Polish Archaeologists Find Medieval ‘Witch’ Skeleton

The skeleton of a medieval ‘witch’ has been found with drill holes in her bones so she couldn’t rise from the ᴅᴇᴀᴅ. The chilling discovery was made in a Polish graveyard during excavations carried out by archaeologist Karol Piasecki.

It is thought locals were afraid that unless she was fixed into the ground and covered with bricks she would rise from the ᴅᴇᴀᴅ.

It was initially believed that the body was that of a suspected vampire, which is why it had been buried away from the main graveyard in a consecrated ground and pinned into the soil. But now DNA tests of the bones have revealed that the body belonged to a woman who would have been blonde-haired and blue-eyed, and who was tortured.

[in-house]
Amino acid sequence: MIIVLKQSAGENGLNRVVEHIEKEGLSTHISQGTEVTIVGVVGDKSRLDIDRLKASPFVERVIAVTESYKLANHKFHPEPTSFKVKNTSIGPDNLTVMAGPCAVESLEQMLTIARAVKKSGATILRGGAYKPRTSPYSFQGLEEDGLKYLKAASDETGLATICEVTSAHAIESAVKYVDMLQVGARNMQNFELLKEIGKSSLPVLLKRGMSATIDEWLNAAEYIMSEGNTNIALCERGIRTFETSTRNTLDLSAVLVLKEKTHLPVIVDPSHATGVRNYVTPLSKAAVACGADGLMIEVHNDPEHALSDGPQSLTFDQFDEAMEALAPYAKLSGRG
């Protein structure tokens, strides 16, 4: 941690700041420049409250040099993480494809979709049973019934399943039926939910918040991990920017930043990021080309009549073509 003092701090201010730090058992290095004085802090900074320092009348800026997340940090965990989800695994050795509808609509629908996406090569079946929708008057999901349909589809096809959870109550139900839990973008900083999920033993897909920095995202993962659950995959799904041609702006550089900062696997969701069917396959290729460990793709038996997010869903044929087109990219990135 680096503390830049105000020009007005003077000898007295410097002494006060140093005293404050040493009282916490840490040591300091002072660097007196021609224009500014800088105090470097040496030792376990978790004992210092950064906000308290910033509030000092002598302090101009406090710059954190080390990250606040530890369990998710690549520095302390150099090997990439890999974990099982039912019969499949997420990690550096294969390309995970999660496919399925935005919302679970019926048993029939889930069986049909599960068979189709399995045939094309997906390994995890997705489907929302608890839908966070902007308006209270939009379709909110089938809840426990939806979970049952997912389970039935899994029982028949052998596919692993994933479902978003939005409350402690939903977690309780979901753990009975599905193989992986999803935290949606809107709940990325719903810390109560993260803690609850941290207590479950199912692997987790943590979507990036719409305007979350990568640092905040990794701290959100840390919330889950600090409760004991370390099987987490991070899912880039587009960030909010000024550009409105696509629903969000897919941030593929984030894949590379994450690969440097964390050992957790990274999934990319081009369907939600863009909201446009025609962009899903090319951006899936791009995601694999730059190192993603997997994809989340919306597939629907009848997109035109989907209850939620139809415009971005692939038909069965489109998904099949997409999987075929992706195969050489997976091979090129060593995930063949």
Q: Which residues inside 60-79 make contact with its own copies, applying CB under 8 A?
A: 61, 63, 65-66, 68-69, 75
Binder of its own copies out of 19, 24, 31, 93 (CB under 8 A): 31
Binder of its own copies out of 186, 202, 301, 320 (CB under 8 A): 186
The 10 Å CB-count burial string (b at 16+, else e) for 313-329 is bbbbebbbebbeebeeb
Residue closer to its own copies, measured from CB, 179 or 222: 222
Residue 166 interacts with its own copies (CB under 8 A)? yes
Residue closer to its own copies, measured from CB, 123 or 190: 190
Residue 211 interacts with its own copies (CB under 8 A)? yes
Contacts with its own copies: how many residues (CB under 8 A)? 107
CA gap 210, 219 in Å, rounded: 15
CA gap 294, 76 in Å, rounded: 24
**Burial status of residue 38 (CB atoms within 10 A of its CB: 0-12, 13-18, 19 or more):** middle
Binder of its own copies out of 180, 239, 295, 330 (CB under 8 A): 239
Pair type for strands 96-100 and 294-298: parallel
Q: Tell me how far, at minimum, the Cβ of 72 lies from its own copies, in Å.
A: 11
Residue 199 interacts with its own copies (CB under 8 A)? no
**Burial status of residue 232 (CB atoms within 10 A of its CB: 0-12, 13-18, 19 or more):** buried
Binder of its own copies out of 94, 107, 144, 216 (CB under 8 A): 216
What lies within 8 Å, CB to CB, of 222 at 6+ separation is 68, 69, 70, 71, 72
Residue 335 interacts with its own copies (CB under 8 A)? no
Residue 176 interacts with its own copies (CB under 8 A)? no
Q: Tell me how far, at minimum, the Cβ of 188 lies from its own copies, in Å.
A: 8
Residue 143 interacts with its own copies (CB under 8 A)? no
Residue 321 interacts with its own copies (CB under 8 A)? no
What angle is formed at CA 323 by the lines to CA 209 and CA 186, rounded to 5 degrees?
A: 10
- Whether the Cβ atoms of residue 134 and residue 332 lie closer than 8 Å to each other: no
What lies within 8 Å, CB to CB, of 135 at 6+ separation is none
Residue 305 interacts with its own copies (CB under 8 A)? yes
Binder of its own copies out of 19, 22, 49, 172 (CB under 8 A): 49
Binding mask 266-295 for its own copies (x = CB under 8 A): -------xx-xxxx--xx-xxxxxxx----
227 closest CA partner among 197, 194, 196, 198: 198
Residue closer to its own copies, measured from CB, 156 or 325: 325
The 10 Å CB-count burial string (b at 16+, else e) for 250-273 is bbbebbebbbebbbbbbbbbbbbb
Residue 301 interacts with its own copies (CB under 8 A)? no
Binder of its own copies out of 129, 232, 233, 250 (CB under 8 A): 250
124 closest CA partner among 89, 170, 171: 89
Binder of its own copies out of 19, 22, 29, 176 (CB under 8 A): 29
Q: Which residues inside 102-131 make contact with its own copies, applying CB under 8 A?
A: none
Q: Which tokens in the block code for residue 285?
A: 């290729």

In Poland, women accused of witchcraft were reportedly typically the lovers or wives of wealthy members of society.

They would suddenly find themselves accused of sorcery when relationships turned sour or when rivals wished for them to be removed. Piasecki determined that the body had been buried between the 16th and 17th centuries.


Grzegorz Kurka, the director of the Regional History Museum in Kamien Pomorski where the skeleton is displayed, said: “For whatever reason, they didn’t burn her, but they placed her in a grave far away from others preventing her from coming back to life.”

Kurka hopes that by the end of the year his team will be able to see what the ‘witch’ looked like thanks to new facial reconstruction technology.

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